FIG. 1 is a perspective view of an exemplary embodiment of a reduced-noise composite material of the present invention.

FIG. 2 is a perspective view of an exemplary embodiment of a reduced-noise outer cover of a reduced-noise disposable absorbent article of the present invention.

FIG. 3 is a schematic view of an exemplary mode of application of the noise-reducing coating material of the present invention.

FIG. 4 is a perspective view of an exemplary embodiment of the reduced-noise disposable absorbent article of the present invention.

FIG. 5 is a planar view of the garment-facing side of the exemplary embodiment of FIG. 4 in an unfastened condition.

FIG. 6 is a planar view of the body-facing side of the exemplary embodiment of FIG. 4 in an unfastened condition.

FIG. 7 is a perspective view of the testing apparatus used to evaluate various materials and products, with the apparatus door open.

FIG. 8 is a perspective view of the testing apparatus used to evaluate various materials and products, with the apparatus door closed.

FIG. 9 is a plan view of the apparatus of FIG. 7 taken along arrow 190.

FIG. 10 is an alternative perspective view of the testing apparatus used to evaluate various materials and products, with portions broken away to show underlying features.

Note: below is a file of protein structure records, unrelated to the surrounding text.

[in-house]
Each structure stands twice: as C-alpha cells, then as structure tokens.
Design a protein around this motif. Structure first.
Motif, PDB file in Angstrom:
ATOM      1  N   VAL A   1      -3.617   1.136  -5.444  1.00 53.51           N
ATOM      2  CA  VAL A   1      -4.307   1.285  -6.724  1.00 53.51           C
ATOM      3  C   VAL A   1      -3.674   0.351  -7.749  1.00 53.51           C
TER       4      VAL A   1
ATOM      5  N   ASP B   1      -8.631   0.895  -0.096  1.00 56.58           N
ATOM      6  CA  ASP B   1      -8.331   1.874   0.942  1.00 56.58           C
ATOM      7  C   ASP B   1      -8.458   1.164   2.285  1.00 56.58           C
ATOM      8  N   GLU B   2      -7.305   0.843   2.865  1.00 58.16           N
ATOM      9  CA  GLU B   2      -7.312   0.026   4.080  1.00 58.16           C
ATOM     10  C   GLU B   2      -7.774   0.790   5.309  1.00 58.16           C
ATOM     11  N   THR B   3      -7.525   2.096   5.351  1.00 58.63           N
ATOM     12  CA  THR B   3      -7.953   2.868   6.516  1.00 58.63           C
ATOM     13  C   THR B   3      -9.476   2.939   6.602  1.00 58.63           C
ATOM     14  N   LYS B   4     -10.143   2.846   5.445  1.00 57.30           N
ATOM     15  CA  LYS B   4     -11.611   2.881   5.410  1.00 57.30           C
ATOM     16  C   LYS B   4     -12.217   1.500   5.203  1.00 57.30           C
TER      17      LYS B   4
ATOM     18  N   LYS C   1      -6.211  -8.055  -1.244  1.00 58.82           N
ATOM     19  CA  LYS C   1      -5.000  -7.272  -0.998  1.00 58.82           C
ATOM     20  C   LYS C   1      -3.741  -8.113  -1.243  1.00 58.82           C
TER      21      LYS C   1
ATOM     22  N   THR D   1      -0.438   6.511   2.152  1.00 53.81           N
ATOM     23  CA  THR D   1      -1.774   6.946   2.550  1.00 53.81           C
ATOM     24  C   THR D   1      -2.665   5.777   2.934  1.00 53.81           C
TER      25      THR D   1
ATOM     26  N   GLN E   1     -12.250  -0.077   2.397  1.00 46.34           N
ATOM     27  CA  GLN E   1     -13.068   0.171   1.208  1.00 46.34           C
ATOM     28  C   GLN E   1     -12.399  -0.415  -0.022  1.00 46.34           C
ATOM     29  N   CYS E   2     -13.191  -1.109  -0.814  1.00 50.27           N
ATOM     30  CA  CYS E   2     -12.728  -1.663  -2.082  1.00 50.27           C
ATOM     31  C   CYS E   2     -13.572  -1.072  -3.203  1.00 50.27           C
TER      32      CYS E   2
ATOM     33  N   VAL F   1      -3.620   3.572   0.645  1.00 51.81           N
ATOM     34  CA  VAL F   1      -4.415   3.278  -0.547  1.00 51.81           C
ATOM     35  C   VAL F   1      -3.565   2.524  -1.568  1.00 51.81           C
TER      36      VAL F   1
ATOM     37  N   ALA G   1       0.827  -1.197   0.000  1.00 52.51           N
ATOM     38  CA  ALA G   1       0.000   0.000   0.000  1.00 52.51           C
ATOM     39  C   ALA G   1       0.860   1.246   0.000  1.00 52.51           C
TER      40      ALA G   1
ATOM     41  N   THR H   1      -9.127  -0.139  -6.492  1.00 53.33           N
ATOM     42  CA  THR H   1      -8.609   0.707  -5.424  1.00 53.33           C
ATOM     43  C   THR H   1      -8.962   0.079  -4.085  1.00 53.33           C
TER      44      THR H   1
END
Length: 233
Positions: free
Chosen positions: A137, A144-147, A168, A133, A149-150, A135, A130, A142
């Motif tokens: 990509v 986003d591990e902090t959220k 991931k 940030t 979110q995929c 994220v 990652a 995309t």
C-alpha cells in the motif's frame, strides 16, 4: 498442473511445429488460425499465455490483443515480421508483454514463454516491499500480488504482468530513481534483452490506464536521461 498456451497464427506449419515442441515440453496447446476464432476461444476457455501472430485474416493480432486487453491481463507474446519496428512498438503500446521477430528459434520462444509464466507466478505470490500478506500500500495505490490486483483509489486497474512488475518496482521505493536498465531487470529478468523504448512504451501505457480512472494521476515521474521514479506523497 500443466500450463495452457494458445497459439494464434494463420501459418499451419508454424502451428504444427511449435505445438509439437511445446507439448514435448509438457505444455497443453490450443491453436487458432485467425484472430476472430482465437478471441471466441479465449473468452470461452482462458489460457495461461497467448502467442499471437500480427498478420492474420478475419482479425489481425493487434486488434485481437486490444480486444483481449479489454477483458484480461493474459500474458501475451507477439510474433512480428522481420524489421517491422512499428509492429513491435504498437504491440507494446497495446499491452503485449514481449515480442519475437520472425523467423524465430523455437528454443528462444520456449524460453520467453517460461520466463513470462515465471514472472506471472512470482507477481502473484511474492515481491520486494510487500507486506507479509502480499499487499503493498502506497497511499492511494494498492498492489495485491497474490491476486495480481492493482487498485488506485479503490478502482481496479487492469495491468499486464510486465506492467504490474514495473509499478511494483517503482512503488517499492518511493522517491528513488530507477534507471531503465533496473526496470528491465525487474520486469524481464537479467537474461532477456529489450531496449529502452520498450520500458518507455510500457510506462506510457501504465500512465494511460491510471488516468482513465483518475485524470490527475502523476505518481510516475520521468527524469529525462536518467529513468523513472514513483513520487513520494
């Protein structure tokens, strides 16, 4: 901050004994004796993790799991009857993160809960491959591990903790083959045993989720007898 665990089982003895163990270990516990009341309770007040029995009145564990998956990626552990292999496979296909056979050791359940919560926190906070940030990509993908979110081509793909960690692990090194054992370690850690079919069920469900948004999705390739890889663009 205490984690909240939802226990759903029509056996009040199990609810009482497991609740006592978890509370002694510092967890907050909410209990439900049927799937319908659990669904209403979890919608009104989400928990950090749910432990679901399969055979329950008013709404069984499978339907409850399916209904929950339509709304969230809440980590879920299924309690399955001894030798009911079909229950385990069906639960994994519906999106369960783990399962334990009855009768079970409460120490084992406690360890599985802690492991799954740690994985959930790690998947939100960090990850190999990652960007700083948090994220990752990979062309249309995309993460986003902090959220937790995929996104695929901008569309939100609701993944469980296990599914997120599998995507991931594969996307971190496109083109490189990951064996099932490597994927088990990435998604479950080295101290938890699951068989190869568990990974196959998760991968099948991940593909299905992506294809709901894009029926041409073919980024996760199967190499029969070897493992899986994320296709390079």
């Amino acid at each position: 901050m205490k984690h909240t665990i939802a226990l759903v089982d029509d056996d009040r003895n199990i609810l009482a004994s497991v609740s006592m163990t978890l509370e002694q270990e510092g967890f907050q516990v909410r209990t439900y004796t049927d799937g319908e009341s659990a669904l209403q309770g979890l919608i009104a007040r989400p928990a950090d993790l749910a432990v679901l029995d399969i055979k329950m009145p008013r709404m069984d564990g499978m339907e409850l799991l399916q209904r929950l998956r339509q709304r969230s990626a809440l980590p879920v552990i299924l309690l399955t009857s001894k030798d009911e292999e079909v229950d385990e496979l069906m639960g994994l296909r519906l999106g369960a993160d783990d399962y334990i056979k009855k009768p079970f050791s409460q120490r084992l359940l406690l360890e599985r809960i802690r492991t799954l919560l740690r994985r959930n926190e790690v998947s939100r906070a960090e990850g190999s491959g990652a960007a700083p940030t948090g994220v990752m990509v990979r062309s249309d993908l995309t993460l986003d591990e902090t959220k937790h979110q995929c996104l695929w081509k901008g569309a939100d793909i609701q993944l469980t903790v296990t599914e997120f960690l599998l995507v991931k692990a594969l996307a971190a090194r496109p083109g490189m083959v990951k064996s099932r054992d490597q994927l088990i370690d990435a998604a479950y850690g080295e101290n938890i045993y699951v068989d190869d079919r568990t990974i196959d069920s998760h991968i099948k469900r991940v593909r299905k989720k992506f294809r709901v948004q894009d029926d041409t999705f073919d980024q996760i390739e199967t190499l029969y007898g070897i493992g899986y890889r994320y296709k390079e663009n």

FIG. 11 is a perspective view of the testing apparatus shown in FIG. 7 but with a test specimen secured within the test chamber, and with a sound level meter and microphone.

DETAILED DESCRIPTION OF THE DRAWINGS

The present invention relates, in part, to a method to reduce the noise associated with disposable personal care articles made of substrates that, when subjected to movement by the wearer or user, produce a “rustling” noise. Noise reduction is especially desirable in a disposable personal care articles in which discretion is important to the wearer, such as, for example, a medical device such as an “ostomy” pouch. The present invention is particularly directed to disposable absorbent articles such as disposable baby diapers, disposable training pants, adult incontinence products, feminine care products, disposable swim pants, disposable absorbent underpants, and other, similar articles in which discretion may be a particularly desirable quality.